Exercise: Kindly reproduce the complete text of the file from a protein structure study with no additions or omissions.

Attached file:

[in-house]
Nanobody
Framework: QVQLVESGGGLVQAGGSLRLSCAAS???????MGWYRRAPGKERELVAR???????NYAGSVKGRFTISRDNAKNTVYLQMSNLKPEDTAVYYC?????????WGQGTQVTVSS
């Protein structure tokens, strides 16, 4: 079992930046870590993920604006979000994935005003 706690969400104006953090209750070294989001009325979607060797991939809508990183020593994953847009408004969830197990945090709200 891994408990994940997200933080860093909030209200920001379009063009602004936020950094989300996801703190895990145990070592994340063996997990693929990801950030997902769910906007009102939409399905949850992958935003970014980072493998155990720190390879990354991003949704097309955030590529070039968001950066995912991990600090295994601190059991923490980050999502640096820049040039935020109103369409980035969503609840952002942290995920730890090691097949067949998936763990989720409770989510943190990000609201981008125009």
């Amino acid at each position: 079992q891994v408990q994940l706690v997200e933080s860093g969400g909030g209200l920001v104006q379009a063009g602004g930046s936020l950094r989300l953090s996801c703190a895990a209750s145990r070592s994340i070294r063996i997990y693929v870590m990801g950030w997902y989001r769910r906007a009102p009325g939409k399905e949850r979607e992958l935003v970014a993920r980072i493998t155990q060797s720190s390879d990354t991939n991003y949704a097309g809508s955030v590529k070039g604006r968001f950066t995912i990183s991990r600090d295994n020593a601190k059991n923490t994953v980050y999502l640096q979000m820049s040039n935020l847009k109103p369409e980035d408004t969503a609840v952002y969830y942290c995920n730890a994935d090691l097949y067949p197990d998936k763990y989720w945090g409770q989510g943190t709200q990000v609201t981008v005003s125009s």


[in-house]
Nanobody
Framework: QVQLVESGGGLVQAGGSLRLSCAAS???????MGWYRRAPGKERELVAR???????NYAGSVKGRFTISRDNAKNTVYLQMSNLKPEDTAVYYC?????????WGQGTQVTVSS
């Protein structure tokens, strides 16, 4: 079992930046870590993920604006979000994935005003 706690969400104006953090209750070294989001009325979607060797991939809508990183020593994953847009408004969830197990945090709200 891994408990994940997200933080860093909030209200920001379009063009602004936020950094989300996801703190895990145990070592994340063996997990693929990801950030997902769910906007009102939409399905949850992958935003970014980072493998155990720190390879990354991003949704097309955030590529070039968001950066995912991990600090295994601190059991923490980050999502640096820049040039935020109103369409980035969503609840952002942290995920730890090691097949067949998936763990989720409770989510943190990000609201981008125009």
């Amino acid at each position: 079992q891994v408990q994940l706690v997200e933080s860093g969400g909030g209200l920001v104006q379009a063009g602004g930046s936020l950094r989300l953090s996801c703190a895990a209750s145990r070592s994340i070294r063996i997990y693929v870590m990801g950030w997902y989001r769910r906007a009102p009325g939409k399905e949850r979607e992958l935003v970014a993920r980072i493998t155990q060797s720190s390879d990354t991939n991003y949704a097309g809508s955030v590529k070039g604006r968001f950066t995912i990183s991990r600090d295994n020593a601190k059991n923490t994953v980050y999502l640096q979000m820049s040039n935020l847009k109103p369409e980035d408004t969503a609840v952002y969830y942290c995920n730890a994935d090691l097949y067949p197990d998936k763990y989720w945090g409770q989510g943190t709200q990000v609201t981008v005003s125009s």